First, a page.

The unfortunate reality is that there is no left current of any size in Ireland campaigning unequivocally for safe, legal abortion. Those who do advocate such a position either have backward positions of their own on the national question or, in the case of Socialist Democracy, which is solid on both issues, have simply been unable to build an organisation of any weight at all.

    Blending the socio-economic and national questions is clearly going to take more time. Until it happens, progress towards the overthrow of imperialism and the Irish bourgeoisie – and thus the achievement of real freedom – is going to be limited.

    Phil

  3. ‘If we were talking about a left group in an imperialist country, then the eirigi position would be pretty bad. But the mass of people in countries which have been dominated by colonialism and then imperialism often do have positions on these kinds of issues that are related to the historical experience of oppression’
    If you think the national question has any relevance to this you are away with it. The PUP have a more progressive policy on choice than this. Two years to come up with a compromise that won’t offend their ‘hard men’ in Belfast.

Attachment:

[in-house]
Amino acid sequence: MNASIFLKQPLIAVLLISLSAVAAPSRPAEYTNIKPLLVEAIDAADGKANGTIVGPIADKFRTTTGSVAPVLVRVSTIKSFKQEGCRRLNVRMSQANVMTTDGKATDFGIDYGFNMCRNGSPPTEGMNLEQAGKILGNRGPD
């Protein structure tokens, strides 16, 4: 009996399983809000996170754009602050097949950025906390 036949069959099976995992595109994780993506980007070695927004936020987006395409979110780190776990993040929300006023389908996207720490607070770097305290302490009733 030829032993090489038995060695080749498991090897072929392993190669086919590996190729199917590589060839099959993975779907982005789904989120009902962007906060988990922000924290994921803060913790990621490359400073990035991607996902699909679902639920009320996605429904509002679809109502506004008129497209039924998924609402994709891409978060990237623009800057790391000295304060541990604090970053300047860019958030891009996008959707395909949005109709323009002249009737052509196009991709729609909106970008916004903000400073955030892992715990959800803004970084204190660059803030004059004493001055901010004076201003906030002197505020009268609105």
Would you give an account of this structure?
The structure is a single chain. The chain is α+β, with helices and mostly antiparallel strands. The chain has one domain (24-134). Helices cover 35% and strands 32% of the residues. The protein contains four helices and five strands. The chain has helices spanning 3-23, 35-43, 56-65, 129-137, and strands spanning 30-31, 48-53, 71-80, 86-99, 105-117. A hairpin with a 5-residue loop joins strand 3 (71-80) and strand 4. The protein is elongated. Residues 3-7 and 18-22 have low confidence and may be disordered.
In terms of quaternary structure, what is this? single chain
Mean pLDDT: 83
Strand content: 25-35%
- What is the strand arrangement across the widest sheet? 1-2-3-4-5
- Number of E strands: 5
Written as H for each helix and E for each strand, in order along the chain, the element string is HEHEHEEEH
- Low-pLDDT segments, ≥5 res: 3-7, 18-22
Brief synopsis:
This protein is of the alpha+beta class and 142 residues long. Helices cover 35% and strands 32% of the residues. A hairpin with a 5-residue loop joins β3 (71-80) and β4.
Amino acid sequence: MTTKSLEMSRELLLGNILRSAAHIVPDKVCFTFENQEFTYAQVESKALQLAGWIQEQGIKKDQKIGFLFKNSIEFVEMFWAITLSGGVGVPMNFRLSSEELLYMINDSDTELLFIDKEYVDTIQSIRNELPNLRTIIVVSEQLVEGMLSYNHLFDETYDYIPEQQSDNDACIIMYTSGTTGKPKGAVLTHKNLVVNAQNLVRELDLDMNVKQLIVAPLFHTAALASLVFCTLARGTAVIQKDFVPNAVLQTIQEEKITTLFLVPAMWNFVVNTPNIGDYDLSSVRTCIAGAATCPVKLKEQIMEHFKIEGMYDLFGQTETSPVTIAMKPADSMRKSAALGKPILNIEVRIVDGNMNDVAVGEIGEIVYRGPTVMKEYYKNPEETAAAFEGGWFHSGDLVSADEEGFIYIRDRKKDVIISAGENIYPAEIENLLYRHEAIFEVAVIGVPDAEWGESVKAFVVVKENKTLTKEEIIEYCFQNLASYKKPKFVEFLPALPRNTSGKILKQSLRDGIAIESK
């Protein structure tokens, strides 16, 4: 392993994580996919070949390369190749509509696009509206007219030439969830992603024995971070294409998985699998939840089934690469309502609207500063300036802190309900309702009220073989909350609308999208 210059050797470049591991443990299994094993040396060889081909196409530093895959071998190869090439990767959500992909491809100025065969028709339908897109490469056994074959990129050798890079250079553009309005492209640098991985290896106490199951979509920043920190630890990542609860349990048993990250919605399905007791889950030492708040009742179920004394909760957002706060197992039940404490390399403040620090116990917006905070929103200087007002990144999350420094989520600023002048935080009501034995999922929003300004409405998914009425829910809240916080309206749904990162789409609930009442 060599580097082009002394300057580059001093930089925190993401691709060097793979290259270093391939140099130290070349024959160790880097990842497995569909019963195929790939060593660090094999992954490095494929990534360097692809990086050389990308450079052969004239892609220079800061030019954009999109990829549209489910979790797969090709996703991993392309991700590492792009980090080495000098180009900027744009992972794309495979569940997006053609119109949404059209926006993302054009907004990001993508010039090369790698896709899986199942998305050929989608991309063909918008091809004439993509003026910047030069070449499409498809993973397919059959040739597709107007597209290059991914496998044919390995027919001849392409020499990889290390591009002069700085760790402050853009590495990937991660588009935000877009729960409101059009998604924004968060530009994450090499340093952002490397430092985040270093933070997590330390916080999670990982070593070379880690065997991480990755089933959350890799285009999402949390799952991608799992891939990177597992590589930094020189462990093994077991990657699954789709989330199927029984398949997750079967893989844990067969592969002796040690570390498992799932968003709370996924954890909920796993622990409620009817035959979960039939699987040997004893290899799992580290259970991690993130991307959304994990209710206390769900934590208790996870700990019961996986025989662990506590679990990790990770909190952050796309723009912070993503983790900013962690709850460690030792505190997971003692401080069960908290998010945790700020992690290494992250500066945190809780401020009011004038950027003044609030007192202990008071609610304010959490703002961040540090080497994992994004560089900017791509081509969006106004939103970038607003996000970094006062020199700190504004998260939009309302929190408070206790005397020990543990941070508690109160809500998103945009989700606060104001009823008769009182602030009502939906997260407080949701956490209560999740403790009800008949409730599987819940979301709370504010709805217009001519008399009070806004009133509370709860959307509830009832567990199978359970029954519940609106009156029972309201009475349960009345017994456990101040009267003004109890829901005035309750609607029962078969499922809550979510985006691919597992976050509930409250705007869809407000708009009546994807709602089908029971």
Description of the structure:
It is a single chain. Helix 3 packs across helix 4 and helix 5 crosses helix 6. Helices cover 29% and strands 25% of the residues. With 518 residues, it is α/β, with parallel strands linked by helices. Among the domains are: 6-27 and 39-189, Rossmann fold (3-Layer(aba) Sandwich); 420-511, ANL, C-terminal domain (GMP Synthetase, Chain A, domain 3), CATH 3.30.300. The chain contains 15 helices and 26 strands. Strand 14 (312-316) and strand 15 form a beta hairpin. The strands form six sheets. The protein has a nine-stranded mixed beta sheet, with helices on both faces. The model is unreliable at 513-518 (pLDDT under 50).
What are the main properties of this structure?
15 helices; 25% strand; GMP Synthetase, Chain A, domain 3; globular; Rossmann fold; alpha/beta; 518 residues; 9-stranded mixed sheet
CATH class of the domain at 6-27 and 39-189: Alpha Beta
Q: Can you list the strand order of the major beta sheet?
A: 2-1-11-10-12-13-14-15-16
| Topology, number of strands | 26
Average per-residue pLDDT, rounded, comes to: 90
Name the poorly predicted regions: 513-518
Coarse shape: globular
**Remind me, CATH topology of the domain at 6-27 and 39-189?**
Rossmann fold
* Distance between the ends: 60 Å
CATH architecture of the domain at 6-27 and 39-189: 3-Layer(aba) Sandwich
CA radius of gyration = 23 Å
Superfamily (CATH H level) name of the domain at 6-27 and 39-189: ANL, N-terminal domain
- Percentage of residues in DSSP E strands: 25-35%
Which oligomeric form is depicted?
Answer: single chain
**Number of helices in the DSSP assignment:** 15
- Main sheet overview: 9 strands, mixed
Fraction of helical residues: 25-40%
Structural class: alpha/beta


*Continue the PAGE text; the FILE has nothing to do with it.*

4. ‘I’d see it as a promising start’ …..in 2012!
    As it happens the most left-wing members of eirigi in Dublin have left the organisation, which during the Lisbon referendum was postering ‘for country and community, vote no’ shades of SF’s 1984 ‘One Ireland, one people’. Progress?

  5. From their ard fheis statement:
    “This Ard-Fheis accepts and fully endorses James Connolly’s Marxist-based analysis of the development of Irish society and believes that analysis remains as valid and as applicable today as it was 100 years ago; this Ard-Fheis views capitalism to be a form of theft which seeks to deprive the working man and woman of that which is rightfully theirs: the intrinsic value of their own labour. Like Connolly and his comrades, we also fight for an Irish Socialist Republic, understanding that it alone can guarantee the interests of the Irish working class.”

    No shades of Sinn Fein there.

    And if you don’t think that the backward situation in Ireland (north and south) regarding abortion has anything to do with partition and the national question then you haven’t understood Connolly’s “carnival of reaction” analysis of partition.

    Perhaps you’d like to cite the part of the PUP programme, or PUP press statements, that show their position is more progressive than eirigi. Or are you simply referring to the fact that Dawn Purvis is the Stopes clinic director?

    Phil

  6. Branno's ultra-left t-shirt

    I think there is a reference to the PUP position on the Choice Ireland website. Long before Dawn Purvis was prominent they supported abortion rights.

    http://choiceireland.org/node/60

    • Cheers. I looked at the link and yes, it’s a fairly advanced position (especially given some of their other positions). I find it odd, however, that when I checked the PUP site I could find nothing indicating a position on abortion.
      Phil

  1. Pingback: Il y a un mois, Savita Halappanavar mourait à l’hôpital de Galway | Liberation Irlande